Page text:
Most of you, my friends, are Coheed fans — but perhaps not everyone is completely familiar with The Amory Wars. The Amory Wars is an intensive multipart saga that accompanies/complements every album that Coheed has released to date. Although the story has only been partially revealed so far, there is still a huge amount of material available in the form of comic books, graphic novels, trade paperbacks, and one 352-page prose novel. Many hardcore Coheed fans are partial to collecting each cover, and so far the Amory Wars spans over 30 covers (excluding Kill Audio, a “Coheed-related” series by Claudio Sanchez and Chondra Echert, illustrated by Sheldon Vella).
The Amory Wars is the story of a galaxy called Heaven’s Fence. Heaven’s Fence is made of 78 planets aligned in a triangular formation and held together by beams of energy called the Keywork. Upon these worlds takes place a complex and archetypal sci-fi/fantasy epic of creation, destruction, love, loss, redemption and power struggles. The two central characters Coheed and Cambria (after whom the band is named) learn that they are not normal humans, but creations designed to overthrow the evil dictator of Heaven’s Fence, the Supreme Tri-Mage Wilhelm Ryan. They learn eventually that they have been manipulated into serving merely as tools for Wilhelm Ryan’s ascent to ultimate power… but not before they were convinced to kill their children to prevent the spread of a world-ending virus. But their eldest son escapes, and it is he who is the fate of the Fence in the form of a messianic figure named The Crowing.
If you’d like to start looking into this, I suggest you read the Year of the Black Rainbow novel first. YOBR tells the origin story of Coheed and Cambria and offers intensive backstory into Heaven’s Fence and Ryan’s rise to power. No, you don’t have to be an expert on the story to appreciate the music of Coheed and Cambria, but it is a hugely beneficial complement. Claudio Sanchez began writing this story over fifteen years ago, and over the years it has morphed into five albums (so far) and countless comics to tell the tale. The entire story of their first album, Second Stage Turbine Blade, has been told in comic form. We’re currently halfway-ish through their second album, In Keeping Secrets, and the sixth comic in that series is slated for release on November 24. Check with your local comic store to set up a pull list.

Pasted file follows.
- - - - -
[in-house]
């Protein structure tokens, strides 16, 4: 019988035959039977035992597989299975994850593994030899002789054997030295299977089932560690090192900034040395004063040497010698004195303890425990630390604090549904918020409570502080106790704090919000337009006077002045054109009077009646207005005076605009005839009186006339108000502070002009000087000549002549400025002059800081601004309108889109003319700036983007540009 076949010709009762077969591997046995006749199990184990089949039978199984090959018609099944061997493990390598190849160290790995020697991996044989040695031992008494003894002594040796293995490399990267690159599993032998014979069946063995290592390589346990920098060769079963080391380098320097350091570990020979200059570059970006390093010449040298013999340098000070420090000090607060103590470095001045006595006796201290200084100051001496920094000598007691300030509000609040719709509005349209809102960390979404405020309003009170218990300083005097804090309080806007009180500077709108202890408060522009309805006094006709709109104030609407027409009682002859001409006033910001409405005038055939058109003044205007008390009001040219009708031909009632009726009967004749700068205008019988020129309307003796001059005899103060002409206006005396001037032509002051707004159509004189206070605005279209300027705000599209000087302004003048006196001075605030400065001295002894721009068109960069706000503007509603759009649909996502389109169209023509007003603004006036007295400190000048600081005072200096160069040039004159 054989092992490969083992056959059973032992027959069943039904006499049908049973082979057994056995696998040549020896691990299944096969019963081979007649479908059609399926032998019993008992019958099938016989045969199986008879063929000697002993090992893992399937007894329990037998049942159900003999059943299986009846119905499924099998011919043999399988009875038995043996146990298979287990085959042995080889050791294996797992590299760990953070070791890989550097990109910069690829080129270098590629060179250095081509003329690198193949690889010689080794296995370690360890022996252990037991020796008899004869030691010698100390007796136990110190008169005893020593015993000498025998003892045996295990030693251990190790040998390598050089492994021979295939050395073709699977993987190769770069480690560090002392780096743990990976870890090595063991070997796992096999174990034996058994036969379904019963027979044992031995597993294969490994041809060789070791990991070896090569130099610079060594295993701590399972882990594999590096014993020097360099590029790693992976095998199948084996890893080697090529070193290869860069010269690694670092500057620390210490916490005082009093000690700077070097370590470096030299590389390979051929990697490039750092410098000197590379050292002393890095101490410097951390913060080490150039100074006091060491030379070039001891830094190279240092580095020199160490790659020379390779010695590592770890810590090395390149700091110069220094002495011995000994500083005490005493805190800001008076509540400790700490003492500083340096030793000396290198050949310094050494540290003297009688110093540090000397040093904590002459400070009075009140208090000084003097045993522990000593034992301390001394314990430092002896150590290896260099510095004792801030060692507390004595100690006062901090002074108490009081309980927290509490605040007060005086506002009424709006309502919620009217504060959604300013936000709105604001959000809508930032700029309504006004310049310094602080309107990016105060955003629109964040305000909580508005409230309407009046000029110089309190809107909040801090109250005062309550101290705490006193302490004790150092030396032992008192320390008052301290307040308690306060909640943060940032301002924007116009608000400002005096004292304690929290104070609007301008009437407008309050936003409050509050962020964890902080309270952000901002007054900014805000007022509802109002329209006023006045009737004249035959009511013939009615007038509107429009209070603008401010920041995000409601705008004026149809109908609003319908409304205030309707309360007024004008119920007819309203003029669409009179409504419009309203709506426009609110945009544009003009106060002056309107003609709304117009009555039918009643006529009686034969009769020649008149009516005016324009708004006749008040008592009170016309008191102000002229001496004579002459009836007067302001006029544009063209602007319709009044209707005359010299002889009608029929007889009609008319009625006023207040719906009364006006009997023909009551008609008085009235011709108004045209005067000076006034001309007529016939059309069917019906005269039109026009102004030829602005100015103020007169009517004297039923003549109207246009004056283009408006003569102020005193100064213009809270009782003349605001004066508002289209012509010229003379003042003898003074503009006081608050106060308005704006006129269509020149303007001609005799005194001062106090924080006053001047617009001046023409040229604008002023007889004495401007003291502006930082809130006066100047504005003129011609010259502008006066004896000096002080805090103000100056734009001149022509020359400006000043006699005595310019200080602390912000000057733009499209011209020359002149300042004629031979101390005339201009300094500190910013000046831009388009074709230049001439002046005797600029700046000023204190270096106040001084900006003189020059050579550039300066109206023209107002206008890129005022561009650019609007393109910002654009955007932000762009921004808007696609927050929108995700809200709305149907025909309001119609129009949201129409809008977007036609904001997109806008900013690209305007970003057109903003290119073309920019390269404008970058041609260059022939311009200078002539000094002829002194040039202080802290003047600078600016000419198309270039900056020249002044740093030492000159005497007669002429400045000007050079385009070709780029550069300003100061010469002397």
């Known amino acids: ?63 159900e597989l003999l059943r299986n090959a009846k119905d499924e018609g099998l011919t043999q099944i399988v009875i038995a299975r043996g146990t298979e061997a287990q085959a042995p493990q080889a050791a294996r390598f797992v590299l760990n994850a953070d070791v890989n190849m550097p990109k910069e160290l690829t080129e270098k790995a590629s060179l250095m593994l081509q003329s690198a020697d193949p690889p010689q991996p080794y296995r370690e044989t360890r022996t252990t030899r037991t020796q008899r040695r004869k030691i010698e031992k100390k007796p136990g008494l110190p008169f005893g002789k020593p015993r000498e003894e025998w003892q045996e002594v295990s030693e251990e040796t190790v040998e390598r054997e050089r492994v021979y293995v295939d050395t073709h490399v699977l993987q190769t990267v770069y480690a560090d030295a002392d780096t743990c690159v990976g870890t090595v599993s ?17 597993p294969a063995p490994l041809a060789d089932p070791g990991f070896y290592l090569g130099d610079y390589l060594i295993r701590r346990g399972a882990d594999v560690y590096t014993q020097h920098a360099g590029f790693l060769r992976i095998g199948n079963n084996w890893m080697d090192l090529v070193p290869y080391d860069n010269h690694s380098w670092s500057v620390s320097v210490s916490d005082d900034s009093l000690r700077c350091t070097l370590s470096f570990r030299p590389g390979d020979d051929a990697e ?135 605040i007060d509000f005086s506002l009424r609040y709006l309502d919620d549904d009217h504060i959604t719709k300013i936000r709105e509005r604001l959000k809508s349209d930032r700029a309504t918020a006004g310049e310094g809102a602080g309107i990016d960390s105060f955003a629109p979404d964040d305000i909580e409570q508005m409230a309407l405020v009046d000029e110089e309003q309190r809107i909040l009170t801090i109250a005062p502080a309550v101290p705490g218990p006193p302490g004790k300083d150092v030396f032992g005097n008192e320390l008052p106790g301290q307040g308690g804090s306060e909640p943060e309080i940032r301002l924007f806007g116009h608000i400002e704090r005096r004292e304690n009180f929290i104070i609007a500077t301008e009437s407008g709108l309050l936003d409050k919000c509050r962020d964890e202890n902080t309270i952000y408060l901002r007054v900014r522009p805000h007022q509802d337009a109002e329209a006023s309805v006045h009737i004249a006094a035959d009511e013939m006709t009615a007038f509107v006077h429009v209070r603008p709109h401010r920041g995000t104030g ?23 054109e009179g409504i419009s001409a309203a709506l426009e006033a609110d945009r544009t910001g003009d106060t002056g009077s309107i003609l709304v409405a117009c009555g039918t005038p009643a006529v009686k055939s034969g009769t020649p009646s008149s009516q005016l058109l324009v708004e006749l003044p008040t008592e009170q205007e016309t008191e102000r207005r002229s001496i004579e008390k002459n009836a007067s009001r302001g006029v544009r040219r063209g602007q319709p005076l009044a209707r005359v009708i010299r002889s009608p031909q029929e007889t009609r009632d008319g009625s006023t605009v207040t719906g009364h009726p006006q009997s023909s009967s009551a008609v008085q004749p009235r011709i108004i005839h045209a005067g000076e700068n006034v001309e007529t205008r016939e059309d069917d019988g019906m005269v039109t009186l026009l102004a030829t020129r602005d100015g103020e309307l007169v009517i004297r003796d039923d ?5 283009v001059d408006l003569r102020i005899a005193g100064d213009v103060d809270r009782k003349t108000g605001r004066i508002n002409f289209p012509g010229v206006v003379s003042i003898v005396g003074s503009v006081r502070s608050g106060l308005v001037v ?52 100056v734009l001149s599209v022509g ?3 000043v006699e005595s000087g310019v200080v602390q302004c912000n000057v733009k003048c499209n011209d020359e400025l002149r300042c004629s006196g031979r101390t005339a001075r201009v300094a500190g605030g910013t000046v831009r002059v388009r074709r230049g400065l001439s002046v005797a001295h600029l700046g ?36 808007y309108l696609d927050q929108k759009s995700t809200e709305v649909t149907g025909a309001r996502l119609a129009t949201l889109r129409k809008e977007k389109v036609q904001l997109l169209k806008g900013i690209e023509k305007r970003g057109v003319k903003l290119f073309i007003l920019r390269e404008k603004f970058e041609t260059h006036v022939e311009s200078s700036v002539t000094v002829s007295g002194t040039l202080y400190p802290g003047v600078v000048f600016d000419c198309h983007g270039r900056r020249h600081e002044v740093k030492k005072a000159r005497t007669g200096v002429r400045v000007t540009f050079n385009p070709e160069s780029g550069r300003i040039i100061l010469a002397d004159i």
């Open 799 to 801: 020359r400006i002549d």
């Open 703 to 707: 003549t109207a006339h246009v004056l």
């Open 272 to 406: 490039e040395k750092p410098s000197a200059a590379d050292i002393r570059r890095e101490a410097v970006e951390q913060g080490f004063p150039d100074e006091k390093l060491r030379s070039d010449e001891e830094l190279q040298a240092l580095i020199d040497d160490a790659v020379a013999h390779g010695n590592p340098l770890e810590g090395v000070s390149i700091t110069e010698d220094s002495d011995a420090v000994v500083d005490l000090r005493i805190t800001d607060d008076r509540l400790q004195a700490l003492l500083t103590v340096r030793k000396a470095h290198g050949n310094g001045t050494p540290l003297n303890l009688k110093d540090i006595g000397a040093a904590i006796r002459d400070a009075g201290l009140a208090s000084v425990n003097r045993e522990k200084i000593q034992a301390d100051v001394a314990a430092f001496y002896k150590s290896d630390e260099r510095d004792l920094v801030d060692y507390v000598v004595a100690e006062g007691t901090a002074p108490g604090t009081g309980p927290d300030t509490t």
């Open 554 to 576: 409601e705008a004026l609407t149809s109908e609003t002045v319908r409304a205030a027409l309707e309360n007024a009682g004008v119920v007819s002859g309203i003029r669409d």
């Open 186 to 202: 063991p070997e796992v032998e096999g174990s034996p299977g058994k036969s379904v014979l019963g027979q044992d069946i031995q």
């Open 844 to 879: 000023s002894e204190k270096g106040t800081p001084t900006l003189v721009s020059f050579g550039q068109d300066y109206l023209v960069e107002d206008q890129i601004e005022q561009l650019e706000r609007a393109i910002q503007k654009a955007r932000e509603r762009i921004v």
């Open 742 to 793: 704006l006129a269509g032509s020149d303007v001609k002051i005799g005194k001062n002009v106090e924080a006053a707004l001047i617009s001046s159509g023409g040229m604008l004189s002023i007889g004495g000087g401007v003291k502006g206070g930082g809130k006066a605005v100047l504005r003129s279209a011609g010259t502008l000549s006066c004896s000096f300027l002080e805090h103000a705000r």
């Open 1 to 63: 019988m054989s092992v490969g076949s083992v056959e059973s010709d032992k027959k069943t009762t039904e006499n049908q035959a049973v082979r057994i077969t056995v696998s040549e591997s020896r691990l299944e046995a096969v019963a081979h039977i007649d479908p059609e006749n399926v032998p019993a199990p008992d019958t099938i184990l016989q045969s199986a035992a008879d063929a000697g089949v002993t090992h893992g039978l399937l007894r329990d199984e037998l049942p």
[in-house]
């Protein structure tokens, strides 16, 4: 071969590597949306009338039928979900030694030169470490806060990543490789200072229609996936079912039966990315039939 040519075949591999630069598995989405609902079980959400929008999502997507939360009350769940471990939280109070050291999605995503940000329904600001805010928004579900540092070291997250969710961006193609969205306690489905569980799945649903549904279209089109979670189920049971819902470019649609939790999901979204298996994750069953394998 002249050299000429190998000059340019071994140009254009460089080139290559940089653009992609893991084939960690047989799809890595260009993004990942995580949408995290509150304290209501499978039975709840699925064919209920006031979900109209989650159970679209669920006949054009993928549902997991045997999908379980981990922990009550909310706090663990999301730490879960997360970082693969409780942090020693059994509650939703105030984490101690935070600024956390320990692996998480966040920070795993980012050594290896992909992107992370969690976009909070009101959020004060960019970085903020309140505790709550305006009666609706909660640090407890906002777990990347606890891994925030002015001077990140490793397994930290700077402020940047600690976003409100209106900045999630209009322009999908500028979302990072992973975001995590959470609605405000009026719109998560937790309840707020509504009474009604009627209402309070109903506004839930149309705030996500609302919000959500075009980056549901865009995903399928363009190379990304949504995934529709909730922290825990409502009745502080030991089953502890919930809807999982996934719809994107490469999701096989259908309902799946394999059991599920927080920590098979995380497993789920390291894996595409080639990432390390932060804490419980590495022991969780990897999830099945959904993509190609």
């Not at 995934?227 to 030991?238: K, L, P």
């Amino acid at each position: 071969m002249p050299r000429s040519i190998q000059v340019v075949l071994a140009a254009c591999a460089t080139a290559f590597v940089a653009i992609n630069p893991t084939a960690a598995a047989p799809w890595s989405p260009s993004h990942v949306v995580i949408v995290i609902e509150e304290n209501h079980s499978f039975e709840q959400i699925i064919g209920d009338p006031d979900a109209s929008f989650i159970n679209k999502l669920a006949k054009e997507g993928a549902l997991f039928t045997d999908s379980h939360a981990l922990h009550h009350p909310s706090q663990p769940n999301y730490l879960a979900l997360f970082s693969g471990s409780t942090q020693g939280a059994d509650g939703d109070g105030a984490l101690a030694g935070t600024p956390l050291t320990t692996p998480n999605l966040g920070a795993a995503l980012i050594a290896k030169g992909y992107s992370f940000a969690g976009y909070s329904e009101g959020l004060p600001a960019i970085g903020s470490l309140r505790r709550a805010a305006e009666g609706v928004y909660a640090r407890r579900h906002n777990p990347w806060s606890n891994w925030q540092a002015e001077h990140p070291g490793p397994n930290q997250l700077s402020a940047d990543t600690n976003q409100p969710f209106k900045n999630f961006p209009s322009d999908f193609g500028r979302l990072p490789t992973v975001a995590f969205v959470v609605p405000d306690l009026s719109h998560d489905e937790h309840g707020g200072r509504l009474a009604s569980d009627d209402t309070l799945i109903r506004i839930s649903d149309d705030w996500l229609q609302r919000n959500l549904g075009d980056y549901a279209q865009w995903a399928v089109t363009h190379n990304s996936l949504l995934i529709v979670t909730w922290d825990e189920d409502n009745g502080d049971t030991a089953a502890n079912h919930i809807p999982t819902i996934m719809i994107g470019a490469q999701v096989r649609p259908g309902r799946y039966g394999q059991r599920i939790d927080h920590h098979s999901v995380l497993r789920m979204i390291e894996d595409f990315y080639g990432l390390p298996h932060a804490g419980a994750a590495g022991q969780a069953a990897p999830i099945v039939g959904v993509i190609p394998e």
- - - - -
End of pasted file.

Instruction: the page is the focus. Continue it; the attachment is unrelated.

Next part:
Passion is more than motivation; it is fuel. It is the bright, eternal torch burning in your gut. If you have a true passion for anything, then chances are you remember the day and perhaps even the minute when that fire kindled within and allowed you to look at even the most mundane events with resolve and optimism. You guard that fire and its cause with your life. Whatever its cause may be, you know that you have devoted all you have to give. You have given your time, effort, blood, sweat, and tears. You have given perhaps more than what should be humanly possible and know that when called upon you will give twice as much as before. And you know that the work itself is your reward. You feel the fire warding off the cold and stupor; you watch it burn the fog from your vision. The flame is yours and you will defend. This is passion, and without it we are robots.